(New York, NY - WNYC) The New York State Labor Department has given notice that 981 Long Island Bus workers could be laid off on New Year's day. The move is a precautionary step in case suburban Nassau County fails in its effort to privatize a bus line that the NY Metropolitan Transportation Authority now runs. But the uncertainty is causing concern among the bus service's work force, and its 100,000 weekday riders.
The NY MTA has been running Long Island Bus for years. But Nassau County balked last year when the authority asked it to pay $26 million dollars more per year for the service, which the NY MTA says would bring Nassau in line with what Suffolk and Westchester counties pay for similar services.
Instead, Nassau County entered into talks with private company Veolia Transportation to take over the line's operation. No agreement has been reached.
Katie Grilli-Robles, a spokeswoman for County Executive Edward Mangano, said there should be an agreement soon. "The administration will be forwarding a contract to the Legislature in the coming days that saves taxpayers $26 million annually, while restoring the NY MTAs planned route cuts and maintaining fares," Grilli-Robles told Transportation Nation.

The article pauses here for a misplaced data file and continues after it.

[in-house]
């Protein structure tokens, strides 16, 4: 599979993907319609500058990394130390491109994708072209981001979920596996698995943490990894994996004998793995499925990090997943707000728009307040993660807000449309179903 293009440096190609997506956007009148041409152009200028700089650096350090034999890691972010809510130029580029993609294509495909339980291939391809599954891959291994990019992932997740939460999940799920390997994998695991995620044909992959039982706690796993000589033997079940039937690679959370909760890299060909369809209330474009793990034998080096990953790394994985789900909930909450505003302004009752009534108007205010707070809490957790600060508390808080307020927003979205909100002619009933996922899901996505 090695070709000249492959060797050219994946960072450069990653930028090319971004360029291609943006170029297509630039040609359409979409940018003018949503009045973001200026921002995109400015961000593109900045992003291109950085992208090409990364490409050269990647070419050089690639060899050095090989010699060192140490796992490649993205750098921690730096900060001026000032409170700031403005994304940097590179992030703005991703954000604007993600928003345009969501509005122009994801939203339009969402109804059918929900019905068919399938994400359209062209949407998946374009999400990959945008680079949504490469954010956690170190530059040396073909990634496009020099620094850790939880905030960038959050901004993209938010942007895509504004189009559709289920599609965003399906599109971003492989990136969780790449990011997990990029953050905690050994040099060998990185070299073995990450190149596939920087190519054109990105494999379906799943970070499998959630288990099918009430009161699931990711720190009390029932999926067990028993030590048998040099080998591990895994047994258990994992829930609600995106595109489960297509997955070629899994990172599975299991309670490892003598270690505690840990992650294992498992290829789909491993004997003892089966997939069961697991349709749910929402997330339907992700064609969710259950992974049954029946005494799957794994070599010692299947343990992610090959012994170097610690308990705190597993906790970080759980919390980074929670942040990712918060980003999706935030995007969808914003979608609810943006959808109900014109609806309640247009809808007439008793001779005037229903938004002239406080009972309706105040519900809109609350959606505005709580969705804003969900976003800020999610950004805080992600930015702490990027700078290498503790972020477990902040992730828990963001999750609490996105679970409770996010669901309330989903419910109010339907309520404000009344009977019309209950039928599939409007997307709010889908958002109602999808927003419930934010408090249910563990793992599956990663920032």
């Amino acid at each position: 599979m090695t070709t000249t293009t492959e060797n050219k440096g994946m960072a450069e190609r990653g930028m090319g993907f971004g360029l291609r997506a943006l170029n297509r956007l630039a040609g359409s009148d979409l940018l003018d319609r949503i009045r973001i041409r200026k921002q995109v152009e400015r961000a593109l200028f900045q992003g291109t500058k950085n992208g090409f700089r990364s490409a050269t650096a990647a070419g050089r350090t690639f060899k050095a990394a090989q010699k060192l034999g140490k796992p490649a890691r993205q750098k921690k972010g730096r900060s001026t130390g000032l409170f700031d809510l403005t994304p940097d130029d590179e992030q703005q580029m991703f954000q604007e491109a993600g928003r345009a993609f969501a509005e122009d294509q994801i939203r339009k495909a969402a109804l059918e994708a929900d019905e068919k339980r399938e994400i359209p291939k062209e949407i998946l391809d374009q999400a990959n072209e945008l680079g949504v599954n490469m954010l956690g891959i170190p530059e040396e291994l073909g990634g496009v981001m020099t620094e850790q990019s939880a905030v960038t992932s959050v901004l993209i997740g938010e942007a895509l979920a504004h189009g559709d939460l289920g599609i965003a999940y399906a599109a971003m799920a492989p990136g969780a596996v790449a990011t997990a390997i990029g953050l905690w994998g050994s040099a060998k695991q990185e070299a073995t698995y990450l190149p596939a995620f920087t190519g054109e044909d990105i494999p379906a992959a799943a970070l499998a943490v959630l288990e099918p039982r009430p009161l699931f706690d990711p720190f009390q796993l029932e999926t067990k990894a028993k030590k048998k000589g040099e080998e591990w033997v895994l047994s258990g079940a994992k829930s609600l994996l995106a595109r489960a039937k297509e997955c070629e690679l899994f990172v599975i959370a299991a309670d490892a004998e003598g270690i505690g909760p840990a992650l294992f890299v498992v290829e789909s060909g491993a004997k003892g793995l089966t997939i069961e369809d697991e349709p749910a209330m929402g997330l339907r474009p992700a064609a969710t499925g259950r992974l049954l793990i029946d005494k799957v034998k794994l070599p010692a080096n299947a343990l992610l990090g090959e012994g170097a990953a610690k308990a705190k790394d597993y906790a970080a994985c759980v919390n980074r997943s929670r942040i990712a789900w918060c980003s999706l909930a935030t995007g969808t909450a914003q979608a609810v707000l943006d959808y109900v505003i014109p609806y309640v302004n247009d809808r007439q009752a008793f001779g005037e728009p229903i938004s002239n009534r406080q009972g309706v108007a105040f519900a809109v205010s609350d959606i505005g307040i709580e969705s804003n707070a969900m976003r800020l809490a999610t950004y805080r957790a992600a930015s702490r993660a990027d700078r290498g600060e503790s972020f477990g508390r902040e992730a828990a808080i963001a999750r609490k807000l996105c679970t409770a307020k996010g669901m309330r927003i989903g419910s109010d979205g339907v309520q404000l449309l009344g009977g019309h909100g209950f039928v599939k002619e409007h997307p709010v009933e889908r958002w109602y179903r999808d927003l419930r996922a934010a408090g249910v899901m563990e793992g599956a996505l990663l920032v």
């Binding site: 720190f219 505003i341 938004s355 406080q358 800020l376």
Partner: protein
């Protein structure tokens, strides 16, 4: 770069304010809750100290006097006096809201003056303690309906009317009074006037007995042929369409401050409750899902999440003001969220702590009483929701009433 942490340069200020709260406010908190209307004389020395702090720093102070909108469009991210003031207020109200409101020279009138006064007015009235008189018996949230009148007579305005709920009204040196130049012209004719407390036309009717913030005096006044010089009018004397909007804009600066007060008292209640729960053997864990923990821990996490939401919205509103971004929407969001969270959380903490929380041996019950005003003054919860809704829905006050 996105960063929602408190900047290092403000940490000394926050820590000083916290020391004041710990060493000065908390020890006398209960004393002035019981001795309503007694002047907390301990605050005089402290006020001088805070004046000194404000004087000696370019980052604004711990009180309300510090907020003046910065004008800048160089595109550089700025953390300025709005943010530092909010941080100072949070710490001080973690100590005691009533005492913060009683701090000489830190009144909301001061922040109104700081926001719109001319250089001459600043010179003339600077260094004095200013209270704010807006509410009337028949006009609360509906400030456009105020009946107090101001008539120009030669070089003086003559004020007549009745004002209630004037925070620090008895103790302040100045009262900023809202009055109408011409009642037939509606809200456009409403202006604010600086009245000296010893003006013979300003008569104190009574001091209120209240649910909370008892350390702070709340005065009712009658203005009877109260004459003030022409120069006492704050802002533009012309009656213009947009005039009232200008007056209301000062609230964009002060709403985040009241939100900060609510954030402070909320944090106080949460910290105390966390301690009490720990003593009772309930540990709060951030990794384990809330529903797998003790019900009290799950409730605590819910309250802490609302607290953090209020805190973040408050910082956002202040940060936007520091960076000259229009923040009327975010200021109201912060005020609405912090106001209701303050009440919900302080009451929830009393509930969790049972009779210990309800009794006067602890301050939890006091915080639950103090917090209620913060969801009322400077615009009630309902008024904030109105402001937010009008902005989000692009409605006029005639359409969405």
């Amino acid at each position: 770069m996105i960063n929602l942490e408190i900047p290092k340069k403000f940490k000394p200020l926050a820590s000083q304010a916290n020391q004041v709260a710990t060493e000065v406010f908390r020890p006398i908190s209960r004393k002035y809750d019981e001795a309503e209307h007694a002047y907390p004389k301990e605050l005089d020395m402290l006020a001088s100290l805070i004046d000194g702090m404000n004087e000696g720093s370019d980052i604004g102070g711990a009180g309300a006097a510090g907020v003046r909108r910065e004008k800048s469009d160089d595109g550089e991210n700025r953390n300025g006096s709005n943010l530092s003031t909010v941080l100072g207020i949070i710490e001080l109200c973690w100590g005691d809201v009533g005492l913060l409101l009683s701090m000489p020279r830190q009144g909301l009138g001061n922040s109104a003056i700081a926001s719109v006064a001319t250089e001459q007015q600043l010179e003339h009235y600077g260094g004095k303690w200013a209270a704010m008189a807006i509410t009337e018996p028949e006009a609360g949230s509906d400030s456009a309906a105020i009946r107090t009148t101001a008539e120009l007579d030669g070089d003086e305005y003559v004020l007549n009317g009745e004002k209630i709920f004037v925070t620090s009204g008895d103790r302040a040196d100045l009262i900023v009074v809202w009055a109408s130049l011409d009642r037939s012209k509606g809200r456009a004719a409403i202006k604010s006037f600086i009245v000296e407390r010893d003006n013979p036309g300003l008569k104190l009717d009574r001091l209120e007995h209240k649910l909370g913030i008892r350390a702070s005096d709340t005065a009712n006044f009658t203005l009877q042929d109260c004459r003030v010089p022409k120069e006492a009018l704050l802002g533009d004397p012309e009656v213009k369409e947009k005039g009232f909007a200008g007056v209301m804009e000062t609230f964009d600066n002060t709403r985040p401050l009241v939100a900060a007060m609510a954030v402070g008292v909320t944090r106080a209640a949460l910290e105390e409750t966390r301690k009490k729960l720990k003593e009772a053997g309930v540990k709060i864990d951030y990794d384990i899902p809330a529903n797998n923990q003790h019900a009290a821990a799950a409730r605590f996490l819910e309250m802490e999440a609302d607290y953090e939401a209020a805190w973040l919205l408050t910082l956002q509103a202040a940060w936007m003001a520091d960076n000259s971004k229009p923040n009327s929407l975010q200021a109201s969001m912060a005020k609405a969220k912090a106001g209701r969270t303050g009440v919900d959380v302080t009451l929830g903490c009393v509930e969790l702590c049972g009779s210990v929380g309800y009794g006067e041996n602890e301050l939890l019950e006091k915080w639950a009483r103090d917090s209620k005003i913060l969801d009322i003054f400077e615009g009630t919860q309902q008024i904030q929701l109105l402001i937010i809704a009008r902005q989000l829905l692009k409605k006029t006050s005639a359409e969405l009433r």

In the meantime, the NY MTA was required to give the Labor Department 60-day notice that it will be laying off all of the line's workers when the clock strikes midnight on the last day of the year.
NY MTA spokesman Kevin Ortiz said, "We are following procedural requirements to facilitate the handover of Long Island Bus at the end of the year, consistent with the county's decision to privatize operations on January 1."
Transport Workers Union spokesman Jamie Horwitz said having no operator in place to run Long Island Bus on January 1 was provoking anxiety in both workers and riders. "The second wealthiest county in the United States shouldn't be placing the elderly, the disabled, commuters, and students in limbo as far as public transportation," he said.
Horwitz said the union was in talks with Veolia about retaining much of the current workforce should the company get the contract to run the line.
But already, the union and the county are squaring off on what obligation the county has to current LI bus workers.
Horwitz said that if Veolia were to hire union workers at wages and benefits below their current levels, the county would be required by law to make up the difference over the next six years.
"Not true," said Grilli-Robles.